Crawling back from the misery of a very bad cold, I have been catching up with emails. A few in particular came from Tom Harleman who read Pluck and became curious about Diana White, David's friend and touring companion in the seventies. Diana was very important to David's development as a player, songwriter and arranger; she was a classically-trained mandolinist. I couldn't tell Tom much more about her than what I wrote in Pluck.
I tried very hard to find Diana during the research. Several interviewees who had attended festivals that she and David attended remembered seeing her, but nobody knew much about her or what happened to her. It was like she disappeared off the face of the earth.
The little I learned that informed her appearance in Pluck came from Bonnie Carol and Rick Freimuth. Diana, David and Bonnie toured together for a time as Tres Ríos in the seventies (see the photo of the trio in this Bonnie Carol post. Finally, I learned that sometime afterwards Diana married an Australian and moved to the Land Down Under, and later passed
away. I never found out when nor could I confirm that.
Bonnie attributes some of the original songs and arrangements in her books, Dust Off That Dulcimer & Dance! and Fingerdances for Dulcimer to Diana. Diana wrote and David named the tune that interested Tom, "Have Mercy on the Turtle in the Road." Bonnie writes that Diana's "Growing Rain" was inspired by her life for a time in the Pacific Northwest. Bonnie writes that her rousing rendition of "Santa Ana's Retreat" in Fingerdances... was taught to her by David and Diana.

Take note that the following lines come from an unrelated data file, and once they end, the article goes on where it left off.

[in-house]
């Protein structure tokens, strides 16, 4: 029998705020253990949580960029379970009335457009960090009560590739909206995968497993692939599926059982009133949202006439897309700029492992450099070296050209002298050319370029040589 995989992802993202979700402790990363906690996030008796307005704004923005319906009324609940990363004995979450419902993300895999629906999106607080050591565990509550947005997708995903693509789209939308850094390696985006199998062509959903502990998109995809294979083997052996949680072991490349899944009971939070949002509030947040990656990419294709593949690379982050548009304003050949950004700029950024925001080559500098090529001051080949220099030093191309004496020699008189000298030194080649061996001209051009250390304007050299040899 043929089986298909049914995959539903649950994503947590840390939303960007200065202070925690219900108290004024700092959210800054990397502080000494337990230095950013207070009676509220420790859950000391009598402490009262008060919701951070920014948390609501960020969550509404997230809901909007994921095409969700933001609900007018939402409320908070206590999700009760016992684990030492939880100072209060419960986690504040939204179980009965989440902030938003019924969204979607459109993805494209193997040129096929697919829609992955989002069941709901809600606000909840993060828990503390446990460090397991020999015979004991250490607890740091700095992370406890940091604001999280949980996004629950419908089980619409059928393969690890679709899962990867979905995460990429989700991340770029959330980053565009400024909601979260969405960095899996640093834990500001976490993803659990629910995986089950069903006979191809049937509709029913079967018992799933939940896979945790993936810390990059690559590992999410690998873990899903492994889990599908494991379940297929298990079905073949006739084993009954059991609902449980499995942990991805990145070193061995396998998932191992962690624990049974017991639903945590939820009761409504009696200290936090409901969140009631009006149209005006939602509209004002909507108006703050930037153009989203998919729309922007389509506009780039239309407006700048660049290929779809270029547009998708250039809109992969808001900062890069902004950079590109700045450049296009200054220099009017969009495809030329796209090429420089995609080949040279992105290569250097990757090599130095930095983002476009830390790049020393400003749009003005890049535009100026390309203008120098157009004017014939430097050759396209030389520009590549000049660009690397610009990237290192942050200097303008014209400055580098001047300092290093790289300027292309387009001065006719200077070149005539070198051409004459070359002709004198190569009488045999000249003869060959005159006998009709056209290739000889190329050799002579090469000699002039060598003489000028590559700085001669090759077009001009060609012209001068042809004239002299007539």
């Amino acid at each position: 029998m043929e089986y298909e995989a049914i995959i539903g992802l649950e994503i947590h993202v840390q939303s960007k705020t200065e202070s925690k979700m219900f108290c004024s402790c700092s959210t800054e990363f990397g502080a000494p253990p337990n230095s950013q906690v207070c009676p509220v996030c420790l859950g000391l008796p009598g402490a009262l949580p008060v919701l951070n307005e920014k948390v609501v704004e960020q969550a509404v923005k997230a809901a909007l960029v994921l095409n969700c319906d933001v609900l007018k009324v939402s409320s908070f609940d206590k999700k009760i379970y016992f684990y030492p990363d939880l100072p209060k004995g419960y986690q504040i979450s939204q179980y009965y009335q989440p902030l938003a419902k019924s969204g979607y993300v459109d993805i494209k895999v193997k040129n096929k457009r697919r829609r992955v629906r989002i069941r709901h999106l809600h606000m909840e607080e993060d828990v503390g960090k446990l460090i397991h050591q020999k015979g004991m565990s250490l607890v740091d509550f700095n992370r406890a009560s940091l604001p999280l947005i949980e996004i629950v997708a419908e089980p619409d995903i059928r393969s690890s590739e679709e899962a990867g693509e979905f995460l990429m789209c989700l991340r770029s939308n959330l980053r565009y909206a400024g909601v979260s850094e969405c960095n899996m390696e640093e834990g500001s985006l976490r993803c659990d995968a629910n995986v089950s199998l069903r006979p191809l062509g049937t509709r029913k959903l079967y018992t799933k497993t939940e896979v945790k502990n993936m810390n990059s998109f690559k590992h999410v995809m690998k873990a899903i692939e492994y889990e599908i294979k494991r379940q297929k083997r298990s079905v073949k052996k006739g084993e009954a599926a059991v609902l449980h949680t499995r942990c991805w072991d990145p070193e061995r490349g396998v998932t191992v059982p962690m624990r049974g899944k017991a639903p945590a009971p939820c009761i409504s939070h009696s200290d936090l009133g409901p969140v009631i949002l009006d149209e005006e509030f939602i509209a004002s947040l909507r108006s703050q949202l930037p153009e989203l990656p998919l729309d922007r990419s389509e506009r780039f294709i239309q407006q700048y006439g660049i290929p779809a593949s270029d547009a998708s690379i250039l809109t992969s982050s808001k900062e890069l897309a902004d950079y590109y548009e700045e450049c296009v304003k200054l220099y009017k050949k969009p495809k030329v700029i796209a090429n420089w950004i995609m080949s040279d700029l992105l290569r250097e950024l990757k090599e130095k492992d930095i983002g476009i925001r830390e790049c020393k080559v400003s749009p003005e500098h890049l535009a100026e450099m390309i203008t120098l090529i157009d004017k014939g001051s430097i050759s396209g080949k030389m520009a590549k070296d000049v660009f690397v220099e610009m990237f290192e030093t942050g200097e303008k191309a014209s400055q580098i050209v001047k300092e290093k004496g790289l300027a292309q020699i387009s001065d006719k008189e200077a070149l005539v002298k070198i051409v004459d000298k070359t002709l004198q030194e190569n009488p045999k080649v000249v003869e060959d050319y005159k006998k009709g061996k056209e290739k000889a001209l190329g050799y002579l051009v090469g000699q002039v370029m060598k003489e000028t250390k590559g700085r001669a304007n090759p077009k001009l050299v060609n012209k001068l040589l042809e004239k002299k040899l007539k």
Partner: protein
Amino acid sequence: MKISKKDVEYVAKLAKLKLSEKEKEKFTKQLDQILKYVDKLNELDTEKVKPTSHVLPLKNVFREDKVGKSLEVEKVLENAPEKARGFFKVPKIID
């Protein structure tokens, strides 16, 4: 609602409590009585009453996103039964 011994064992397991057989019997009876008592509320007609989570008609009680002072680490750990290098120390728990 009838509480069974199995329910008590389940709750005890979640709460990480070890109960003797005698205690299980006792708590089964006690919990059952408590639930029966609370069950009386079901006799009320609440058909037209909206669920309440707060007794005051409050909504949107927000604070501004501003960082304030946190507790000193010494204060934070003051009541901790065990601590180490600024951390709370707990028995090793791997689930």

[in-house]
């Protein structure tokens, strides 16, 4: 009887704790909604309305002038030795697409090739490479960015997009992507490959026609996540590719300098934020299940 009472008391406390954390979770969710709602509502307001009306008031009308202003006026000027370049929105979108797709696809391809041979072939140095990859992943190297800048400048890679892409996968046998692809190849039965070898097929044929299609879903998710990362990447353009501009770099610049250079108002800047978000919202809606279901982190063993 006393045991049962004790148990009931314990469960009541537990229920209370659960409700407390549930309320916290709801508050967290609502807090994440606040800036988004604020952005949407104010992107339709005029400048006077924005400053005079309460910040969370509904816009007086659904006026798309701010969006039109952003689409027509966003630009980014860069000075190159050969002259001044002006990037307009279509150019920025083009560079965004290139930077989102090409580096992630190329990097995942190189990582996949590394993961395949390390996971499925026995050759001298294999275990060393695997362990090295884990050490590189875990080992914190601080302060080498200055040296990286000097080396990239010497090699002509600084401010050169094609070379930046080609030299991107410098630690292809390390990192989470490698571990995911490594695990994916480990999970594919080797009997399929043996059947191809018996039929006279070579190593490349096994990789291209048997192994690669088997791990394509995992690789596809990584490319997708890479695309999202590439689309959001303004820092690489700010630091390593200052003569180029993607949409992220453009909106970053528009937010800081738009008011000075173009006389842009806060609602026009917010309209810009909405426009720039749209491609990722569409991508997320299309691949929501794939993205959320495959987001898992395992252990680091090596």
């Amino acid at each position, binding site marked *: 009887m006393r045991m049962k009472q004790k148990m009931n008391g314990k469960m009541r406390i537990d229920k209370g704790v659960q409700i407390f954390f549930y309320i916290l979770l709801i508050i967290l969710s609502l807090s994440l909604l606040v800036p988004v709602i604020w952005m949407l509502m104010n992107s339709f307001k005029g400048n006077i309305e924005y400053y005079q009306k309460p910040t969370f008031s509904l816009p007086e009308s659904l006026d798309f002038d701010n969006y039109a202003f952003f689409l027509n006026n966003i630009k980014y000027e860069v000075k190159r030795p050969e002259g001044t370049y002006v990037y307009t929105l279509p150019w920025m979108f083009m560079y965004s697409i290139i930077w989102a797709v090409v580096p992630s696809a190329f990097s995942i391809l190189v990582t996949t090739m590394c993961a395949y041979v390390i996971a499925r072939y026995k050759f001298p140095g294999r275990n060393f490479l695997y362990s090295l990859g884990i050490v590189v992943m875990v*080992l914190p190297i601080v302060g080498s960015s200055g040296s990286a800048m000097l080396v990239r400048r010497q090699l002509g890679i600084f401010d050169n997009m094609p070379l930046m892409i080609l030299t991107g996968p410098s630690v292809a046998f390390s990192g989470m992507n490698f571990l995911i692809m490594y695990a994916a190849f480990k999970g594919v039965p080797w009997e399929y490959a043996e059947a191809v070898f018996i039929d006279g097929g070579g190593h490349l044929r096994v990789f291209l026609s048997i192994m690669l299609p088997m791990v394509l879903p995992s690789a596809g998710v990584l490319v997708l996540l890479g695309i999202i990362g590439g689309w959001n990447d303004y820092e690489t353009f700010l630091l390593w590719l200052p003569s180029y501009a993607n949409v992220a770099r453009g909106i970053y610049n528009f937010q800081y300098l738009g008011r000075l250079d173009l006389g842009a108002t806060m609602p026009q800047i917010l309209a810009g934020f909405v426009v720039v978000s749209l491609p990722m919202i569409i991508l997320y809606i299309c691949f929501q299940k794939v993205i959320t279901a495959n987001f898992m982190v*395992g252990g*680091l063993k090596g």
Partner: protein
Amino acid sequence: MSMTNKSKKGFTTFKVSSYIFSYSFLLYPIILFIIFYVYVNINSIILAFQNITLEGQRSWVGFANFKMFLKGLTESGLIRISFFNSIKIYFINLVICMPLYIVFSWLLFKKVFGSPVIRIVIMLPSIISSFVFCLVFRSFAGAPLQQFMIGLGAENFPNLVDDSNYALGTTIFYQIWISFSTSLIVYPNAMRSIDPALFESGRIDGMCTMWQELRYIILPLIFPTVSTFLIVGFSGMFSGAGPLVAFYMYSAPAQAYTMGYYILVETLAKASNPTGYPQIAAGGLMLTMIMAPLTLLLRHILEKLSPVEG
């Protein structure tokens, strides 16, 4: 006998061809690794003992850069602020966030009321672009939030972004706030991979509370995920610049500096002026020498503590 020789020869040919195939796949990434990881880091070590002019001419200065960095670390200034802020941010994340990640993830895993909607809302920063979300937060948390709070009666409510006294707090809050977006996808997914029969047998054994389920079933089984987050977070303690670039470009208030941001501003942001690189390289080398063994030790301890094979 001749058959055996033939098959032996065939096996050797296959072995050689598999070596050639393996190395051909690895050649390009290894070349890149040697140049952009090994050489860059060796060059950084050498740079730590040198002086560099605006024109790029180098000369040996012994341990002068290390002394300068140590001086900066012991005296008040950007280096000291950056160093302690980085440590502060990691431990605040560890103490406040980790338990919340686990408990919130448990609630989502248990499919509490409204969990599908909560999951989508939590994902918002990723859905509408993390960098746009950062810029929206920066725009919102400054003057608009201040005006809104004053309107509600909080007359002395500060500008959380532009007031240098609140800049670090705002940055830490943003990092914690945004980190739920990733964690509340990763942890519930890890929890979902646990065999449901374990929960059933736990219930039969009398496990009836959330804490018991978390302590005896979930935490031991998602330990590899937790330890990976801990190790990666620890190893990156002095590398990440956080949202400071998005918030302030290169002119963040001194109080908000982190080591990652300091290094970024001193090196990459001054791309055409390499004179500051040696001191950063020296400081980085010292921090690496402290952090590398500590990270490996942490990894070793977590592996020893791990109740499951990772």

This photo of Diana at her cabin in Nederland was taken by Rick Freimuth. He remembers her well from the time he knew her, and she must have been very fond of him because she made a
macrame strap for Rick's dulcimer that David made for him.
I was so sorry to hear that Diana had passed away because the young girl in these photos
looks like a kind and generous person. The songs she left behind suggest she had much to give the world via her considerable musical talents and her sense of humor. She must have been an intrepid spirit given that she traveled to pursue her music, toured at such a young age and that she lived in many several regions of the world: St. Louis, the Pacific Northwest, Nederland, Colorado and Australia, to name the few places for which I could find evidence. I think of Diana fondly for the gifts she did leave behind. In my humble opinion, she is right at the top of the list of the most important early influences on David Schnaufer's career, not only for the mandolin techniques she taught him, but for the confidence she helped him develop as a songwriter, arranger, and professional performer. Their time together was no doubt incredibly rich and stimulating for both, given their dedication to their art.